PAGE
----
Wednesday, August 05, 2009

Lateral Gene Transfer and the Return of Lamarckian Evolution

Mark Buchanan believes that physics has entered a new era where it has gone beyond the fundamental forces into the realm of "collective phenomena". He claims that biology is about to do the same as he explains in an article that was just published in Nature Physics: "Collectivist Revolution in Evolution."
It now seems clear that biology may also have a second act linked to the widespread importance of collective phenomena. The explosion of genetic and genomic data, of course, has ushered in the era of systems biology, as biologists have come to recognize the need to gain a more holistic understanding of the functioning of organisms. But this may not be the most radical transformation in store for biological science. A coming revolution in biology, some suggest, may go so far as to unseat Darwinian evolution (ran in its modern form) from its position as the key explanatory process in biology, and may just bring back some form of Lamarckian evolution—that old idea of the inheritance of acquired characteristics.
No, it's not epigenetics, it's lateral gene transfer (LGT) that's going to unseat Darwinian evolution and bring back Lamarck.

Much of what he writes about LGT is correct. It does, indeed, make interpretation of molecular evolution more difficult, especially at the root. But some of his ideas do not represent the consensus view in biology: for example, the role of lateral gene transfer in the evolution of the genetic code.
The conjecture is that horizontal gene transfer was indeed required for the present genetic code to take the form it has, and that the emergence of life most likely went through a series of stages, with the early stage more Lamarckian in character, and only the latter stages becoming more Darwinian.

Exploring that point in greater detail will be a task for a new kind of biology, one that breaks with many of the presuppositions of traditional evolutionary thinking, and explores the potential for rich and surprising dynamics in a collective setting. It will almost surely benefit from the ideas and experience of physics, which has already experienced its own collectivist revolution.
This kind of hyperbole is not helpful. Shame on Nature Physics for publishing it.1

1. I wonder if Nature Genetics publishes opinion pieces by evolutionary biologists on the overthrow of quantum mechanics?


  1. LGT is a form of Lamarckian evolution? I don't think so!

    Is it "Lamarckian" when a bacterium takes up a conjugative R-plasmid from some other bacterium? Sure, it's an acquired characteristic that will be transmitted to the recipient's progeny, but it's grossly misleading to call that Lamarckian. By that standard, even spontaneous germ-line mutations are Lamarckian. Hey, I guess Lamarck was right all along!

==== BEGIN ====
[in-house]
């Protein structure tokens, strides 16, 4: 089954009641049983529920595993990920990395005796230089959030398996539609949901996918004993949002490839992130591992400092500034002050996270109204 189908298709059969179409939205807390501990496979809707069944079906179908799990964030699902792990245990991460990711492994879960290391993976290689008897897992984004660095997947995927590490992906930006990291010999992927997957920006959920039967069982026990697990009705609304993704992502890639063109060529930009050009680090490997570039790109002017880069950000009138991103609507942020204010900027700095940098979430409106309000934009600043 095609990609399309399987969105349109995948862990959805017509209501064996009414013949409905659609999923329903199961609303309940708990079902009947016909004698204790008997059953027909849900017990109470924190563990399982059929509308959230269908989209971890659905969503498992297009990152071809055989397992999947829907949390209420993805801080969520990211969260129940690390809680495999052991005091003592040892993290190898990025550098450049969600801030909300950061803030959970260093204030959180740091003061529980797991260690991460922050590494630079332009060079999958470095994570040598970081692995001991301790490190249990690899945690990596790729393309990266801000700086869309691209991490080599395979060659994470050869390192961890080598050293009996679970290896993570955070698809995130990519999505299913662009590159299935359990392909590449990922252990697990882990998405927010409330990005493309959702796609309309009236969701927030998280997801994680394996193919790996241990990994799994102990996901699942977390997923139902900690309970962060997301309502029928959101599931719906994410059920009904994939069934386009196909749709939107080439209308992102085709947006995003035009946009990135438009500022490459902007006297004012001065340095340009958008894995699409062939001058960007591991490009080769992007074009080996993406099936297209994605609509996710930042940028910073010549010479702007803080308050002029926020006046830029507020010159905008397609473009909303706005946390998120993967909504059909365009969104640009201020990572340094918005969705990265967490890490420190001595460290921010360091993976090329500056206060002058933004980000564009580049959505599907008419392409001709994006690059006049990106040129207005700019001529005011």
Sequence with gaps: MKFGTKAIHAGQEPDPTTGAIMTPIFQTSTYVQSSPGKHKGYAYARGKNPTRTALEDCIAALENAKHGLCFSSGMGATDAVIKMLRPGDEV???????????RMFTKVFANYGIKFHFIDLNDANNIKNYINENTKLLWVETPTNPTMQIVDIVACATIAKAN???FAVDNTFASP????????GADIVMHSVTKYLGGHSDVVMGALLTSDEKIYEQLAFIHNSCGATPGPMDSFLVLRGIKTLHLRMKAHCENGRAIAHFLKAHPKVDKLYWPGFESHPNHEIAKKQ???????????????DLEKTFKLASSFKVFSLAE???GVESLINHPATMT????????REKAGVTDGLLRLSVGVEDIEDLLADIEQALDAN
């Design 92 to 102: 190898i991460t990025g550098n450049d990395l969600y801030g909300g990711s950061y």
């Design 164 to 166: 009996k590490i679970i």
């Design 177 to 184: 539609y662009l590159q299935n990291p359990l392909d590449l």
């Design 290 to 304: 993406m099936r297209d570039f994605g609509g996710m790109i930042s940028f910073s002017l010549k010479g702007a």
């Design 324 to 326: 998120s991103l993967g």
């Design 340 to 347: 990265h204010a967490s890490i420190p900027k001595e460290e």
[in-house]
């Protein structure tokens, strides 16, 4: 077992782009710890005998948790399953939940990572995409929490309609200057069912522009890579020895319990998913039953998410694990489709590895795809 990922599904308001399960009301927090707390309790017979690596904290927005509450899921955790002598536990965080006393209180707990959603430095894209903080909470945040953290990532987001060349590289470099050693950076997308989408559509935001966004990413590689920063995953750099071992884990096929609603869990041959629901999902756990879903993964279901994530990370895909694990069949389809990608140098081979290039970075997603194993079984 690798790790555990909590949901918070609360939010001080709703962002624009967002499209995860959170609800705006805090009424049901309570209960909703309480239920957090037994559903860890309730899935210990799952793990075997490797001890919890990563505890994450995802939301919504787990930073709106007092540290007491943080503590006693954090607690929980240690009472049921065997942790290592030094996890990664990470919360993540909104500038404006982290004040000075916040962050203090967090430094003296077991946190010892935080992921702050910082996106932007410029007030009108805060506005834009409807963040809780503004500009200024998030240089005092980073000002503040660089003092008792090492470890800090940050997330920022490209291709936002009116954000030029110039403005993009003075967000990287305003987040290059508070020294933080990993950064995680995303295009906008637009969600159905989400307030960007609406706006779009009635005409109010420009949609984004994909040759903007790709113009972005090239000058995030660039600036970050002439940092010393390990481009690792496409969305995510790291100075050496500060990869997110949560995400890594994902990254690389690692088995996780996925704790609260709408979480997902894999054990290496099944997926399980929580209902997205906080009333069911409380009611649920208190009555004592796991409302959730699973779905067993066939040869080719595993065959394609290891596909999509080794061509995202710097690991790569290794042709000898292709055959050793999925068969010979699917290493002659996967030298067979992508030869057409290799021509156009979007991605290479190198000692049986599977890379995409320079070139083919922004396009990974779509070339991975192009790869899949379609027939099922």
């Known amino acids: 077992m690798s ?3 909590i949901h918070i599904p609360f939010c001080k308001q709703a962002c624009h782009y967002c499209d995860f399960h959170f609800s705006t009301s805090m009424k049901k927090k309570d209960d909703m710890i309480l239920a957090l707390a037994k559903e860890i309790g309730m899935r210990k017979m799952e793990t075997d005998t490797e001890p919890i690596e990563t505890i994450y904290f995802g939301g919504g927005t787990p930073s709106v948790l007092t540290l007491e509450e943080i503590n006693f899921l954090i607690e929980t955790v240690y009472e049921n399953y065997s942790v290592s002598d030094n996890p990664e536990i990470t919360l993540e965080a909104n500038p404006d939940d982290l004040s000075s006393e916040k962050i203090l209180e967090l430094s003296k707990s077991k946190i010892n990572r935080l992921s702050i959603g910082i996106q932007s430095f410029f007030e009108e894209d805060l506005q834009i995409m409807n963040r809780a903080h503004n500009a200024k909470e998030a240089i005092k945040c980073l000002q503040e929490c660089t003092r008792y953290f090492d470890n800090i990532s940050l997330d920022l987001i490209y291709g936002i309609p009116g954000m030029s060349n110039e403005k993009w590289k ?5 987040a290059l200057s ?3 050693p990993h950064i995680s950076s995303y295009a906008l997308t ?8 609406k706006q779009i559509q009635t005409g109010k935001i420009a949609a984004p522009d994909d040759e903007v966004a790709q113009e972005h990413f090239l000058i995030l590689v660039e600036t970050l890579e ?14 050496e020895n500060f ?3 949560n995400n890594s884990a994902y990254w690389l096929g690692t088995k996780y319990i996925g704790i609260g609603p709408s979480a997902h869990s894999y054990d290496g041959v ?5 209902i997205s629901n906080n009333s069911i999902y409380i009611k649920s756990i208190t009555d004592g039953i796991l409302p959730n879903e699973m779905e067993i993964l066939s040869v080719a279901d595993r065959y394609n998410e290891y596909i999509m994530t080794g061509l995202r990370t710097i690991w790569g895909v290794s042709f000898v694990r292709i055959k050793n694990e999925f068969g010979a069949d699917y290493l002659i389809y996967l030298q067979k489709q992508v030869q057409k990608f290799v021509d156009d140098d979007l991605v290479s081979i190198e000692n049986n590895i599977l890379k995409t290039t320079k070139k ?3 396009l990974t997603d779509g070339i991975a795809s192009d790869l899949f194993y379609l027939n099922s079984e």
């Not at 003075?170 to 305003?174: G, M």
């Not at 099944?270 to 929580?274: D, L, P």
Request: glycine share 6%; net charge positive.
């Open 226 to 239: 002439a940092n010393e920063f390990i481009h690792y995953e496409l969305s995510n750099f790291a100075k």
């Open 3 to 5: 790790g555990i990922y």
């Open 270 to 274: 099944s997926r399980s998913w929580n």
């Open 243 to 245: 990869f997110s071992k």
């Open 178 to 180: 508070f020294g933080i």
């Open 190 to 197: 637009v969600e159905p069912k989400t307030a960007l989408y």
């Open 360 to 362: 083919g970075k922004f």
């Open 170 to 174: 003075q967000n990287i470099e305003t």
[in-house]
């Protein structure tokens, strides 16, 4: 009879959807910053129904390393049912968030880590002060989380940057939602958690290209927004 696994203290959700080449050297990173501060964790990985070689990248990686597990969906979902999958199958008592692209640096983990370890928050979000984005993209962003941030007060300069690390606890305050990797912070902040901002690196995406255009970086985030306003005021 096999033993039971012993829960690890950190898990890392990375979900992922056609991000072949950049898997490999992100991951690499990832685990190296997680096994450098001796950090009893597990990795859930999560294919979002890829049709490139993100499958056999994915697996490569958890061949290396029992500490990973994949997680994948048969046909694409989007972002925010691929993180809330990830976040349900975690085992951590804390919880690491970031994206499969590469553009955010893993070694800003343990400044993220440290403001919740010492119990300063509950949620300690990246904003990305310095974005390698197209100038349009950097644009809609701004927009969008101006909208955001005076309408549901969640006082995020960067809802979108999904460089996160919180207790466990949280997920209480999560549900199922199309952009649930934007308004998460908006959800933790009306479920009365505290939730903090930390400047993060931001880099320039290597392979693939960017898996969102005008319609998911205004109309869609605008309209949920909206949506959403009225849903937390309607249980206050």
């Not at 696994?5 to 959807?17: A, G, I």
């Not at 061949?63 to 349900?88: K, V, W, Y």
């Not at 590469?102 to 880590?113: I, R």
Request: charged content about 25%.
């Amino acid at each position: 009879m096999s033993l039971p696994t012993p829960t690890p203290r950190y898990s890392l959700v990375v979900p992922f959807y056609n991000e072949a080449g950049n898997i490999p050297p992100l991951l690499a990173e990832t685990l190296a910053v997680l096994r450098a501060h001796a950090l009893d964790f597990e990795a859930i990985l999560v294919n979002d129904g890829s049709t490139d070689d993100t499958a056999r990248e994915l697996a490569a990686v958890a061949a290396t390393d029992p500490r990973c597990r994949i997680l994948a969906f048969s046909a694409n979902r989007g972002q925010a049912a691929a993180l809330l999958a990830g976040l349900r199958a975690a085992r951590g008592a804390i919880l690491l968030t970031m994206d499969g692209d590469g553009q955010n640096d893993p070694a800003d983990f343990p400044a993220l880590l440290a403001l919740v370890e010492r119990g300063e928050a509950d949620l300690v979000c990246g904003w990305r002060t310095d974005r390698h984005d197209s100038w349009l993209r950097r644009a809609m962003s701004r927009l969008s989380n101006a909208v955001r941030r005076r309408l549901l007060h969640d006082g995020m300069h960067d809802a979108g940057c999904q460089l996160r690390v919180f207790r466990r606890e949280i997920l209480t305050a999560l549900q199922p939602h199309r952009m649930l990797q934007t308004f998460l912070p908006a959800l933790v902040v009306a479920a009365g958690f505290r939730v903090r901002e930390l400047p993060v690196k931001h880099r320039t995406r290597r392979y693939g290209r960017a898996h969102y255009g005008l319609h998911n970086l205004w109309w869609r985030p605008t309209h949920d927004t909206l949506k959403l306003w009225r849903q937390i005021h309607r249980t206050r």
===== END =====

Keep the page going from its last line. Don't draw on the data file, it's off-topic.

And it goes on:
In any case it's pretty ignorant to claim that LGT could unseat Darwinian evolution as "the" key explanatory process. I don't doubt that LGT plays a significant role, but even in microbes where LGT is widespread, vertical inheritence plays an enormously greater role than LGT.

    (On top of all that, 'Darwinian' evolution has arguably been unseated already as 'the' key process, in light of what we know now about genetic drift.)

  2. What the @%*& just happened?

  3. Oh my! Lateral gene transfer will destroy Darwinism. How exciting. What a crock. Lateral gene transfer is just another source of variation.

  4. I think there is a general tendency for physics journals to publish biology related points of view from physicists.
    Easier to sound interesting to the referees maybe.
    Such a case with extensions to evodevo, reviewed here by PZ.

  5. Does Nature Physics have peer review? How could they let statements like that get published without adequate support?

  6. Oh, brother. How long before this becomes one of Casey Luskin's talking points.....

  7. I do wish physicists would get their own field in order before deigning to iinstruct us on what is coming down the pipe in biology...

  8. An honest question, as I'm not read up on the latest.

    How is the LGT problem such a huge problem? Isn't this just an new complication for the standard gene tree versus species tree representation of an organism's evolution?

    Yes, we may have lost our method for defining the LUCA, but how does this cause so much problem, that we are debating "trees as a metaphor for evolution"?